Look Out! Irish Comedy Tour Heading This Way
Did you ever sit around with your Irish-American friends, cracking each other up with stories from your childhood? The crazy relatives. The wise-cracking relatives. The relatives who never met a mixed drink they didn’t like.
Pat Godwin and Derek Richards did, and even though they grew up in different Irish Catholic neighborhoods—Godwin in Wilkes-Barre, Richards in Detroit—they found they lived on common ground. “We all realized we had relatives with drinking problems—I know, go figure, who saw that coming?” quips Richards. “The funniest thing though was when we all realized we had mug shots. We’d all been arrested at some point. It was not like we’d ever hijacked an armored car, but we’d all been in the situation where we’d had too much booze with the wrong people.”
Then, they took this conversation on the road.
Godwin (you may remember him as the song parodist from the John DeBella Morning Zoo and later the Howard Stern radio shows) and Richards, along with Jim Paquette and Mike McCarthy are the comics that make up The Irish Comedy Tour (‘they’re Irish, they’re American, and they’re not holding back”). Godwin, Richards, and Paquette will be bringing it to the Sellersville Theatre on Sunday, October 25.
The four met on the comedy circuit, and one thing led to another. Listen to Richards and see if any of this sounds familiar:
“We were sharing stories over some Jameson and some beer and we started noticing a common thread in personal backgrounds. And I thought, can we take what we talk and joke about here and bring it to stage?”
They could. The Irish Comedy Tour started in 2005 as a one-off St, Paddy’s Day thing. This year, it’s taking its nose-bashing, (you have to check out their website to get that one) Irish-pubby sense of humor from Michigan to Key West. “It’s kind of like an Irish pub and comedy show that you put in a food processor,” says Richards, who was a semi-finalist in Comedy Central’s Open Mic Fight.
Paquette and Godwin are both musicians as well, so there are some tunes in that comedy Cuisinart too. “Pat does a hilarious song about the lack of birth control in the Irish community called ’13 Kids and Counting.’ He also does a version of ‘Black Velvet Band,’ with a comedic twist,” Richards says. (Few songs deserve it more.)
If you saw “Last Comic Standing,” you saw judge and “Cheers” alumn John Ratzenberger nearly swallow his mustache when contestant Godwin started singing that pre-K favorite, “Bingo (was His Name-O)” as Bono (“this is for all the dogs in shelters!”). “That was funny,” Ratzenberger said as Godwin left the stage.
In fact, Godwin started as a musician before he turned to stand-up and acting. “I was playing down at Smokey Joe’s at Penn and it was pretty clear what they wanted was cover songs and things they could sing to. But I was talking in between the songs, satirizing rock and roll stars and singing funny stuff, and that turned into my act. [Philadelphia comedian] Todd Glass saw me and suggested I do an open mike and that’s how I was hired to do the DeBella show.”
When the Morning Zoo was shuttered, Godwin turned to the guy who was to blame, Howard Stern, who hired him to churn out topical song parodies for his pre-satellite radio morning show. “I left there and moved to LA,” Godwin says. “I didn’t do any more songs. I had a few failed pilots, knocked around LA with my girlfriend at the time, wasn’t successful at much of anything. I failed in LA once as an actor at 18, then as a songwriter at 26, then again as a comedian. It’s LA 3, Pat Godwin, zero.”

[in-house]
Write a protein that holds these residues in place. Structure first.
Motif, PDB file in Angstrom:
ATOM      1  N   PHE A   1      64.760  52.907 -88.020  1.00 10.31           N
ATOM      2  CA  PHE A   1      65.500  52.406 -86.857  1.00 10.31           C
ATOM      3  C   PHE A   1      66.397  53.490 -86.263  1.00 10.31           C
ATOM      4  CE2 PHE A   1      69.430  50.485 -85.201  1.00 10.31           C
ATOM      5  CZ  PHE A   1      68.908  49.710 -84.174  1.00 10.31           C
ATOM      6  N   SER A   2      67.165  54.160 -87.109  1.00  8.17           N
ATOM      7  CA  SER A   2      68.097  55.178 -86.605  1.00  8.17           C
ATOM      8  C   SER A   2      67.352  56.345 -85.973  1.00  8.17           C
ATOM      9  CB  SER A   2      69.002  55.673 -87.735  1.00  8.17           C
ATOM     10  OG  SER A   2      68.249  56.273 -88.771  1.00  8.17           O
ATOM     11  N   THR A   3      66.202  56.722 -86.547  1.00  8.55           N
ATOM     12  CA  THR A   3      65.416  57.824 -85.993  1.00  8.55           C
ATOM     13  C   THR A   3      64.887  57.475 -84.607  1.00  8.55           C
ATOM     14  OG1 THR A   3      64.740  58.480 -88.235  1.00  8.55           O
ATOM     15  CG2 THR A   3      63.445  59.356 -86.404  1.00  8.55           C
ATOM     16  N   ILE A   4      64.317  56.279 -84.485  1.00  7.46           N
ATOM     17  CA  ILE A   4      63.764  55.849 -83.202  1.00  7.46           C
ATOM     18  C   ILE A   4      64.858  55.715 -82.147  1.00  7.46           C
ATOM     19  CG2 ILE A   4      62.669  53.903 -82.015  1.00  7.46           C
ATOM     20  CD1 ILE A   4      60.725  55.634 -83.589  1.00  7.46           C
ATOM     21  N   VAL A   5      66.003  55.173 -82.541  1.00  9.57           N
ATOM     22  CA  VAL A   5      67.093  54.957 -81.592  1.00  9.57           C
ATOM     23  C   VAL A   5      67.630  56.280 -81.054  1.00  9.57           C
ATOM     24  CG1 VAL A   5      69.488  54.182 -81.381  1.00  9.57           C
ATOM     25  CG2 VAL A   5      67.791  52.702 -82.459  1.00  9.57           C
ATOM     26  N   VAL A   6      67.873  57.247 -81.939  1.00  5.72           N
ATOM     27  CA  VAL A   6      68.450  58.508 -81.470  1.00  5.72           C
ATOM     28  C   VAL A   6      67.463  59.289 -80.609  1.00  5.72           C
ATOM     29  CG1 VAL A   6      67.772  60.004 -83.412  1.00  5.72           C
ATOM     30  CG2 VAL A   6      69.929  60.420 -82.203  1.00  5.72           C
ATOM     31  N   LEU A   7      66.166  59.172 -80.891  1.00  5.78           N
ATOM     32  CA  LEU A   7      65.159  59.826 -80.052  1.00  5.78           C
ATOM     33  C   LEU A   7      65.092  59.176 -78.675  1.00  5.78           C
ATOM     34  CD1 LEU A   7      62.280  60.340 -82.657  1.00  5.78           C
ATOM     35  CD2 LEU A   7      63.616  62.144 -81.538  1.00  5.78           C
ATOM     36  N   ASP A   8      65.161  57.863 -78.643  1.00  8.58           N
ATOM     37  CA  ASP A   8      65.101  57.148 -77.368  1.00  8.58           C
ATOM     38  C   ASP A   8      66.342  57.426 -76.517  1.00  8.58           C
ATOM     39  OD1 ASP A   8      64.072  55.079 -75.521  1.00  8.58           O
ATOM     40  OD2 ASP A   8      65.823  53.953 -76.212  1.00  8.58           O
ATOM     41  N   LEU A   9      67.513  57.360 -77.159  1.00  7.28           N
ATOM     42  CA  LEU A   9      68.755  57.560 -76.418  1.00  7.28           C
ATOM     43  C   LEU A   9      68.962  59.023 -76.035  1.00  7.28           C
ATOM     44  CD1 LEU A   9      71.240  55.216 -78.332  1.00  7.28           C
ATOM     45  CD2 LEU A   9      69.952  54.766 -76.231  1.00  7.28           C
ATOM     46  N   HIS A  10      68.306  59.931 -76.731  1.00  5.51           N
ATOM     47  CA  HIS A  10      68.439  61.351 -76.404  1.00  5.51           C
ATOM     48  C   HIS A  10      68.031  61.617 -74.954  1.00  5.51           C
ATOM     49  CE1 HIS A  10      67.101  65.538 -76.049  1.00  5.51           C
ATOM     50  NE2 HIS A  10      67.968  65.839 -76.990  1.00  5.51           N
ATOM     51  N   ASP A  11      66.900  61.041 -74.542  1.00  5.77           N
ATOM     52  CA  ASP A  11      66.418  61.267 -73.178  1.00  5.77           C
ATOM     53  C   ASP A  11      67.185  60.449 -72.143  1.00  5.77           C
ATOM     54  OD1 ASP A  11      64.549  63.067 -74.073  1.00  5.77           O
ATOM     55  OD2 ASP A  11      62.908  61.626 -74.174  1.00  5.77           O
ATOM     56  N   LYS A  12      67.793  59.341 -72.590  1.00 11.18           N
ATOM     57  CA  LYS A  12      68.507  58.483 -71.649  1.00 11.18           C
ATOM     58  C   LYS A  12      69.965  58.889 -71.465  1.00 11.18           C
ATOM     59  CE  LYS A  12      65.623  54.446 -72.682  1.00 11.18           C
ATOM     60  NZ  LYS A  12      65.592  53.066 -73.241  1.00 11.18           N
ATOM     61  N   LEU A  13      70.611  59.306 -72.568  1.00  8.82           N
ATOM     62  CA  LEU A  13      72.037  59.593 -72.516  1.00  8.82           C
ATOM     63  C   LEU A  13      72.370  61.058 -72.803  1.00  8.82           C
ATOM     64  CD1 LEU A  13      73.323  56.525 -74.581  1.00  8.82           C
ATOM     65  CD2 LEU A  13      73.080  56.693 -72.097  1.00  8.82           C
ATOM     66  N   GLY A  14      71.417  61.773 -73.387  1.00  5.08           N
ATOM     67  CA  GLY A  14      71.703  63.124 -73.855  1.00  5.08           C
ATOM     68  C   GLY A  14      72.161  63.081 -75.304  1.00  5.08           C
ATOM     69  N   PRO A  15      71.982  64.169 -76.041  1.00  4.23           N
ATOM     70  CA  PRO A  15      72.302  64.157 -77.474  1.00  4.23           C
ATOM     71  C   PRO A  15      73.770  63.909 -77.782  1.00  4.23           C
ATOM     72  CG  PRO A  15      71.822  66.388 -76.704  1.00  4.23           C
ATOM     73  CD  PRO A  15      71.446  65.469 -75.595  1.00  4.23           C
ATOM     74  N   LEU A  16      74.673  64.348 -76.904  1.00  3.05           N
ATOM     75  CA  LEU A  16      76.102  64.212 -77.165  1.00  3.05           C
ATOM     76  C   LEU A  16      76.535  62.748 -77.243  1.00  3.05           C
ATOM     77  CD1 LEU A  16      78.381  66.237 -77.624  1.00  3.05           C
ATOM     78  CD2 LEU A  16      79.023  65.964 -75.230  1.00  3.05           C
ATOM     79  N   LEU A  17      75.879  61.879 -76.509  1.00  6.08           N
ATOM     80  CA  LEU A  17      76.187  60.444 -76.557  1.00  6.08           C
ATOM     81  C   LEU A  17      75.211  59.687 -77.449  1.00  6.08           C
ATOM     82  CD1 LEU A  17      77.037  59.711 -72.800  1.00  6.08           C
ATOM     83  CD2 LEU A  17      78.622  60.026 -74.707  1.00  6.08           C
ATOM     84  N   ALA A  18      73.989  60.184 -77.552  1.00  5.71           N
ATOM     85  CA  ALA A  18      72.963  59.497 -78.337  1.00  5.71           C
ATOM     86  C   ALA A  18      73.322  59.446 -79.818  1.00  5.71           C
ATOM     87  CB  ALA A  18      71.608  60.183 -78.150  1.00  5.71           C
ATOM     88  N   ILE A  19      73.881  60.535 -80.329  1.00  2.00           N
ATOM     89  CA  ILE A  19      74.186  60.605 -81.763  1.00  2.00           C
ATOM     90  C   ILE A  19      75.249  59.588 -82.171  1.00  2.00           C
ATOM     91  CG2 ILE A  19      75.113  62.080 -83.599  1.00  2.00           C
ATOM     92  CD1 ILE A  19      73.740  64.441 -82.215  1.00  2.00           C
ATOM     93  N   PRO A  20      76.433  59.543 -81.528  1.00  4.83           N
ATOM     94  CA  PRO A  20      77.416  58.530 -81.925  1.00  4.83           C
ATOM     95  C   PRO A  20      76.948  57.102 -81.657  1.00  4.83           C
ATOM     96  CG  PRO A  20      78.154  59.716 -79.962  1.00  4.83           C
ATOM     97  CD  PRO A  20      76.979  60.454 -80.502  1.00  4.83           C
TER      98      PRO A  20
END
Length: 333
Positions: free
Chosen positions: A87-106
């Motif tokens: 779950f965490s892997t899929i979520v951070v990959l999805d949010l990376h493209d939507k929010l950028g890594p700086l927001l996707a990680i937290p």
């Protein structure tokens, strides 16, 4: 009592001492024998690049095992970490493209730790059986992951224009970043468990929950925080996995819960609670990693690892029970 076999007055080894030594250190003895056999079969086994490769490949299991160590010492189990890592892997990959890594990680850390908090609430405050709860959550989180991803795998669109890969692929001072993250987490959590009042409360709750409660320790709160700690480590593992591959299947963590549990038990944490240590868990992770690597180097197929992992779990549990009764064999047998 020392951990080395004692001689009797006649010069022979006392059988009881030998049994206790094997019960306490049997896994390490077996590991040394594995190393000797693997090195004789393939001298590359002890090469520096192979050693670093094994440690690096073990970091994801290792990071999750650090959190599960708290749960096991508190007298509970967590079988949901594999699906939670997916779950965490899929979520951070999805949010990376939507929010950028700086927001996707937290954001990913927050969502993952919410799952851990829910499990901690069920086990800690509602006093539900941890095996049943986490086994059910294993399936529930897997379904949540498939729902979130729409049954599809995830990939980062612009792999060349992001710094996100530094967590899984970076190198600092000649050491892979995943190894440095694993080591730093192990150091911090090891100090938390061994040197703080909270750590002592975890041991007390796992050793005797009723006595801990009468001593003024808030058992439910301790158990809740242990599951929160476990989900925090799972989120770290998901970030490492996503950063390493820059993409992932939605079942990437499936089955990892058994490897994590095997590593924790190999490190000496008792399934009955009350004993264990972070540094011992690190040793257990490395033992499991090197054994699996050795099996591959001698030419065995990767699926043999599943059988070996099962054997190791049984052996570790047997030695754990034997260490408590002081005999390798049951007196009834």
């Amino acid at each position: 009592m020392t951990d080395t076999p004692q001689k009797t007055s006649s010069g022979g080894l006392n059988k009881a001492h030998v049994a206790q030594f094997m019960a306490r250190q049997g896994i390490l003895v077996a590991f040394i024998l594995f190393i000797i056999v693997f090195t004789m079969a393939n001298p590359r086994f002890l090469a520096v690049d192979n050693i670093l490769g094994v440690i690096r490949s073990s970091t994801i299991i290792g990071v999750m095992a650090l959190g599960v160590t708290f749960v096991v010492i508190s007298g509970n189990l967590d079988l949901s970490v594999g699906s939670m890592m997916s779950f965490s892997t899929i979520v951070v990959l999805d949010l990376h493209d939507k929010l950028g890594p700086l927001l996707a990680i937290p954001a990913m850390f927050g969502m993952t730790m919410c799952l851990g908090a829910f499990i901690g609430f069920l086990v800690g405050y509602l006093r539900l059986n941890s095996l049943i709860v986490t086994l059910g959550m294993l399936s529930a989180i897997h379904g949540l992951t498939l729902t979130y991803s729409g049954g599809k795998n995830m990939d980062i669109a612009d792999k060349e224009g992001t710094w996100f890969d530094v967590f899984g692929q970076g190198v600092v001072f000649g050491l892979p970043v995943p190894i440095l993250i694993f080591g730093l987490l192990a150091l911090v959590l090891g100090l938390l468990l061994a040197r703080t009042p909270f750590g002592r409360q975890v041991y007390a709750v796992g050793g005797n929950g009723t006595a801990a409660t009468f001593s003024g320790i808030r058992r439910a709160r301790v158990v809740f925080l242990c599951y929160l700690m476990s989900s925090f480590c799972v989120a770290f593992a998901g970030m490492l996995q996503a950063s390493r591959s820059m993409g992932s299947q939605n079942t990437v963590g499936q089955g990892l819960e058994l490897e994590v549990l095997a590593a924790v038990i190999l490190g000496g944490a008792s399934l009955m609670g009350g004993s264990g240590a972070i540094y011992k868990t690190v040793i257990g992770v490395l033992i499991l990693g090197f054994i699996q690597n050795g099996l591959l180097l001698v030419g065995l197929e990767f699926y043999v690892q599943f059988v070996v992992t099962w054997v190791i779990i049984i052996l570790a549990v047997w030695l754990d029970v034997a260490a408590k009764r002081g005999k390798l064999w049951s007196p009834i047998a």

But now he’s on the Irish Comedy Tour, and things couldn’t be better. Both he and Richards say this is the most fun they have all year. They get to reach deep back into their childhoods and bring up the funniest bits, even the ones that weren’t funny at the time.
“For me,” says Richards, “a lot of it is the sense of humor I grew up with. My grandfather was my biggest comedy influence. Growing up, down in the basement in my mother and father’s house, myself and my brother would listen to Dad and Grandpa trade the most wrong jokes ever. (Even though it’s an adult show, we won’t be doing any of those.) As long as we never told our mother and grandmother, we could stay down there and listen.”
Godwin, who is a descendant of the writer Mary Shelley (“Frankenstein”), grew up with “the drinking thing.”
“I mind my Ps and Qs with alcohol, because I’ve seen a lot of smart, creative people ruin their lives,” he says. “On the road I drive for those two wackos so they can tear it up after the show.” But he’s found a way to give it a comic spin. “I wrote a song called, ‘Switch to Beer,’ about the way some Irish people handle their drinking problems—putting down the whiskey and switching to beer. It came from seeing the Irish actor Richard Harris in the Bahamas, completely bombed, after he’d been on the Letterman show a week before talking about how he’d solved his hard drinking problem. I went up to him at the roulette table where he was completely trashed and I asked him about it. He said he stopped drinking the hard stuff. He switched to beer.”
So, by now you’ve figured out that the Irish Comedy Tour isn’t the place to take the kiddies. “This sense of humor is part of our upbringing, which might be a little off-color and politically incorrect, but it’s not dirty,” says Richards. “It’s all in good taste.”
And, he says, it might remind you of sitting around with your pals at a pub, sharing a frosty one and some memories. “People come up to us after the show, even people right from Ireland, and tell us this is everything they talk about,” he says. “It’s a fun party atmosphere. It’s a party—that’s the best way to describe it.”